Friday, July 08, 2011

Climate models are creating a false sense of security, or at least insufficient terror | Grist

Scared man. Sufficiently terrified.A new commentary in Nature Geosciences has pretty much ruined my whole Thursday. The details are technical but the takeaway point is this: the climate models currently in wide use (by, e.g., the IPCC) probably won't be able to predict abrupt climate changes.

Those abrupt changes, popularly known as "tipping points," are the low(?)-probability, high-impact catastrophes that keep climate scientists up at night: shifts in ocean circulation, release of methane from permafrost, sudden collapse of ice sheets. They're scary because they'd be both devastating and irreversible -- civilization-threatening stuff.

In the commentary, Paul Valdes reviews four examples of abrupt climate change from the historical record and finds that climate models don't do a good job simulating them. The models have to be retroactively tweaked to produce the conditions that ended up actually happening. Here's Valdes' conclusion:

According to the evidence from the past, the Earth's climate is sensitive to small changes, whereas the climate models seem to require a much bigger disturbance to produce abrupt change. Simulations of the coming century with the current generation of complex models may be giving us a false sense of security.

That moderate terror we were all feeling? Turns out that was a false sense of security. We should have been way more terrified! We're running an epic experiment on global biophysical systems with only the faintest clue what we're even doing, much less how to manage it. We know things could go rapidly, irreversibly, horribly wrong, but we're not sure how likely that is, or when it might happen. So we just blunder ahead at top speed. Because coal is cheap.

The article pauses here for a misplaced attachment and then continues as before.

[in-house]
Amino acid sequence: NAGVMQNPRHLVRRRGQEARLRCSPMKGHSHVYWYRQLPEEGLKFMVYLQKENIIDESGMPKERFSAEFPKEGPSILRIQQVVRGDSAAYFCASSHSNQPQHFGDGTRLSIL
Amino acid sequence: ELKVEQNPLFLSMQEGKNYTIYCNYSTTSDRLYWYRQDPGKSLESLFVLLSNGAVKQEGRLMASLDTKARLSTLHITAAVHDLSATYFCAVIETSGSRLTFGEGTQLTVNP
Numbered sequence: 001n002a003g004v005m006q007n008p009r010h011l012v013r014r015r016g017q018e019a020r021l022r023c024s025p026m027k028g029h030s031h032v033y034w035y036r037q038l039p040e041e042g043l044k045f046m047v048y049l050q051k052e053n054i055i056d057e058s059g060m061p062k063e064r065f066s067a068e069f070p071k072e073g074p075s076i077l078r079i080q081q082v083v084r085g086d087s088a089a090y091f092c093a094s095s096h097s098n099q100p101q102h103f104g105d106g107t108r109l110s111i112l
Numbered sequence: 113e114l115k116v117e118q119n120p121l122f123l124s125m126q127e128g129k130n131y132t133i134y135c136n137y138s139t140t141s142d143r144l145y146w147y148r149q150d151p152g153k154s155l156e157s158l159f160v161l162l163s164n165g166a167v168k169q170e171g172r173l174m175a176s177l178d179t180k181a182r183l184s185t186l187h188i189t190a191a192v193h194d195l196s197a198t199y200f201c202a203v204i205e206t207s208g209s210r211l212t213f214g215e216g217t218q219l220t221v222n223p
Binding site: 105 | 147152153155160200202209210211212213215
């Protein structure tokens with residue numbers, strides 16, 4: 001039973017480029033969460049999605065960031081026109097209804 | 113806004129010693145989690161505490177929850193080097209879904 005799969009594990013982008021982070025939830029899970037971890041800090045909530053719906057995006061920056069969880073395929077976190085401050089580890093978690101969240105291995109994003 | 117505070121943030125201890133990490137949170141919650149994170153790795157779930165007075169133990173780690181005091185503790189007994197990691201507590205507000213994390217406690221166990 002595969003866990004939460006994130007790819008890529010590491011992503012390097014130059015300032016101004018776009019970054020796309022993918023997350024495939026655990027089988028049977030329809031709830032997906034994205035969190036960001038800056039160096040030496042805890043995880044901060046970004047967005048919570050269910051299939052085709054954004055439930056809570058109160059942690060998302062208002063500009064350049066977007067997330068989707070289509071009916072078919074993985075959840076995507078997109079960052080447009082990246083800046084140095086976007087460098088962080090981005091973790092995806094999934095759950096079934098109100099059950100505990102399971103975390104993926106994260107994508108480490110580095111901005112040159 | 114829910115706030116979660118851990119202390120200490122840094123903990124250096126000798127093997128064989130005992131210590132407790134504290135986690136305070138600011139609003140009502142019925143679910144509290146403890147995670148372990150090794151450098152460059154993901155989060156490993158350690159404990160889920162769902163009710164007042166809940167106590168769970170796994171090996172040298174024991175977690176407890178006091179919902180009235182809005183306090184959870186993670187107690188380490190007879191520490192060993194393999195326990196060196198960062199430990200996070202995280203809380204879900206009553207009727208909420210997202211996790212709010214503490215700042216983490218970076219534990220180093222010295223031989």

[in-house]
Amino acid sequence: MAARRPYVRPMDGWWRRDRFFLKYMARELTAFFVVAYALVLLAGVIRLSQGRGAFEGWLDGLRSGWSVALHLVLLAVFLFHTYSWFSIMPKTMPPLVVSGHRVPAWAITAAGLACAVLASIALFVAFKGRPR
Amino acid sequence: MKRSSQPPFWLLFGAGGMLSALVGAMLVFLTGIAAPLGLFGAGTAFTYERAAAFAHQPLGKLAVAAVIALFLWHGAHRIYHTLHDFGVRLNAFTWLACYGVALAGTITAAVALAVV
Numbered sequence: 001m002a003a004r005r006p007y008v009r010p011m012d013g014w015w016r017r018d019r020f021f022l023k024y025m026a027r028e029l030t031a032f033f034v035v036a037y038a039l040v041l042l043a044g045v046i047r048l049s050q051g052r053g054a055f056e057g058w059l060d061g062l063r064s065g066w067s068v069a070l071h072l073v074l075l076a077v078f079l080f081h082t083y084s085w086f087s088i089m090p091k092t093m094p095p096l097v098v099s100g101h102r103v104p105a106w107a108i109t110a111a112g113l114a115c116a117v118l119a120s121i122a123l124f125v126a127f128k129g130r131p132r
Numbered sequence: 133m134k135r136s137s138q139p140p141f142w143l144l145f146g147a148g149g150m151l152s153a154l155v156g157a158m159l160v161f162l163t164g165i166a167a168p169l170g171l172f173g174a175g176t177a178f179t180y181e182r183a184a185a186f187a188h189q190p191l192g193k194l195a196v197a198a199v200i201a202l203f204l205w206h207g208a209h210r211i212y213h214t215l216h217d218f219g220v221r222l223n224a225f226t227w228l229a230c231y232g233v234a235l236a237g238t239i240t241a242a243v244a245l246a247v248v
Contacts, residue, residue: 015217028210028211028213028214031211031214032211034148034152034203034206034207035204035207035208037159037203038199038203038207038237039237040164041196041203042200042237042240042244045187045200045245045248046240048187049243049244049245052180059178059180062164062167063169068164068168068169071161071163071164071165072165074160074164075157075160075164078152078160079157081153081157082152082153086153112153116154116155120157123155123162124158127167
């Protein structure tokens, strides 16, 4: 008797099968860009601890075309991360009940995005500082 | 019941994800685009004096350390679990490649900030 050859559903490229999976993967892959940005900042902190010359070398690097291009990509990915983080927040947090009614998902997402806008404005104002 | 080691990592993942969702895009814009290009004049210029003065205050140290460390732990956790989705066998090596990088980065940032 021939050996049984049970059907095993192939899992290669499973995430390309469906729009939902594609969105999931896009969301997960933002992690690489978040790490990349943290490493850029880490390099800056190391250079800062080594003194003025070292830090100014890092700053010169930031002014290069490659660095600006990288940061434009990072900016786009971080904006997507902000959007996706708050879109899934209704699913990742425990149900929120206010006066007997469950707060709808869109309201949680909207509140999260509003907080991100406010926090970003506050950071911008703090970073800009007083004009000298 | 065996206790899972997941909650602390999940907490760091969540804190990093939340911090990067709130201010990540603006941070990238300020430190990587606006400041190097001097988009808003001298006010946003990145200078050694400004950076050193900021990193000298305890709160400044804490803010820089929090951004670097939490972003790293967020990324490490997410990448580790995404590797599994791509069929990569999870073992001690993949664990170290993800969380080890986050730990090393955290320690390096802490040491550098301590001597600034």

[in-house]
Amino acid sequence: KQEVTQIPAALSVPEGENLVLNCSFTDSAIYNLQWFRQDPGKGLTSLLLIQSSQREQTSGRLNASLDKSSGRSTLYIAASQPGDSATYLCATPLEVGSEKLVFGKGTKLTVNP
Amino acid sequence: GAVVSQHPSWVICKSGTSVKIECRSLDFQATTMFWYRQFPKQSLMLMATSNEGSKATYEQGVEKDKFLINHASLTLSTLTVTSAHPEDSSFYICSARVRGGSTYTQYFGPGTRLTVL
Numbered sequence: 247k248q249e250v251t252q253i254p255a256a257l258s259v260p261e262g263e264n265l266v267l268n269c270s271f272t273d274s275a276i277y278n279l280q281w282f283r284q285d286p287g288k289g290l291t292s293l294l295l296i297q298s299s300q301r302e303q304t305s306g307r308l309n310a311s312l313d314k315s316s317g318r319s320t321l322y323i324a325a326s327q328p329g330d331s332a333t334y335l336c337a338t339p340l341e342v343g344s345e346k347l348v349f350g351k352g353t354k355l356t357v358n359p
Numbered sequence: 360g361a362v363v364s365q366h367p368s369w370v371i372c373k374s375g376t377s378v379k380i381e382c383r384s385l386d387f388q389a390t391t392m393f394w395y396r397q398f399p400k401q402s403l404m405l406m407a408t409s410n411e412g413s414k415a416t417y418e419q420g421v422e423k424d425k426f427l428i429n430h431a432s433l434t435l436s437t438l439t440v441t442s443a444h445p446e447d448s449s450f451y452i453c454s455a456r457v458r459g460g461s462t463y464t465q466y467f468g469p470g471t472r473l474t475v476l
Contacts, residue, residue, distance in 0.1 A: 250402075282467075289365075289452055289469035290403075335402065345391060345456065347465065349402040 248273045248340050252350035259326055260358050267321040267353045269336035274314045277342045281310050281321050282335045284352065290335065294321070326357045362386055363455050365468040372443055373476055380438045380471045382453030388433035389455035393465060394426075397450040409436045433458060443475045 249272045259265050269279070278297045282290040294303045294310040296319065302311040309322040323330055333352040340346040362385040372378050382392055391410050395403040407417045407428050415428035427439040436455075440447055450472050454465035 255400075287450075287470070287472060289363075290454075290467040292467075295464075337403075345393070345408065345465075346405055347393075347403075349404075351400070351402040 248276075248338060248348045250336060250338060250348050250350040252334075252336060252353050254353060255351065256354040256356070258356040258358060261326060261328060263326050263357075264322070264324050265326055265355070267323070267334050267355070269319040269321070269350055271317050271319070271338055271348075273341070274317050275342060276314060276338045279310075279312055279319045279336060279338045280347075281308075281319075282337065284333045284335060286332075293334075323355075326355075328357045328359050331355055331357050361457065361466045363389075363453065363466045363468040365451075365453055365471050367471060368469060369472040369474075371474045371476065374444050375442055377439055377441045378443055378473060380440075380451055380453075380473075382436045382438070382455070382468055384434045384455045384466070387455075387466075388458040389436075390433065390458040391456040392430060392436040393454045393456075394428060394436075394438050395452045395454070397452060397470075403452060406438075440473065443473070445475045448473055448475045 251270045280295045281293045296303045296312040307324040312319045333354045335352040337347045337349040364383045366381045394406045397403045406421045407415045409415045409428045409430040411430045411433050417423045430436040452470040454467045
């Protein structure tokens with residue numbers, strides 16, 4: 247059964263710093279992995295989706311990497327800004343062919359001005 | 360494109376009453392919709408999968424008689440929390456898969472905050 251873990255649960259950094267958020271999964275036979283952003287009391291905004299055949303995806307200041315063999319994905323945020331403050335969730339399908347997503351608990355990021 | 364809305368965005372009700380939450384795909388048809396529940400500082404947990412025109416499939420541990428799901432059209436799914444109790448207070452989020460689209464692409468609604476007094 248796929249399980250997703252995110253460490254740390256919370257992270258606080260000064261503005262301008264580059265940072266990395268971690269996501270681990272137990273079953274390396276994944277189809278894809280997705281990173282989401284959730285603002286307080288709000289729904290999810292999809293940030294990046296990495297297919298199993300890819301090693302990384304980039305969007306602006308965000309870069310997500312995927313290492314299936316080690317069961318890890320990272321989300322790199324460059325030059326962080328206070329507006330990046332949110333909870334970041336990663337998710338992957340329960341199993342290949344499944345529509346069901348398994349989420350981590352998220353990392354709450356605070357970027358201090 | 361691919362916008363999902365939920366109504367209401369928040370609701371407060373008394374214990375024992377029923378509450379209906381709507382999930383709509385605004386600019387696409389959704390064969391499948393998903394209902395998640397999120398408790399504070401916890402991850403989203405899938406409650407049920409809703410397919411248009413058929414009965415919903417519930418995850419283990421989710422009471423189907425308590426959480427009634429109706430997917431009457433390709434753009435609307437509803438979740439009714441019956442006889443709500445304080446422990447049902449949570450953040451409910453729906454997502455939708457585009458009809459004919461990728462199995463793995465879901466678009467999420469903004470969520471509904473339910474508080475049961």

It's worth noting that the inability to grapple with long-tail risks also affects common economic models. They project climate-change costs rising linearly because, well, that's what makes the models tractable. That's why climate economics so often becomes "a knob-twiddling exercise in optimizing outcomes," in economist Martin Weitzman's memorable phrase. Fact is, radical uncertainty and volatility are the new normal. We have very little real grasp of the risks we face, we just know that some of them carry consequences so large -- potentially limitless -- that they completely short-circuit our models.

Anyway, for much more on the need to reform climate economic models, see this post. I've probably ruined your Thursday too by now, so I'll leave it there.

David Roberts is staff writer for Grist. You can follow his Twitter feed at


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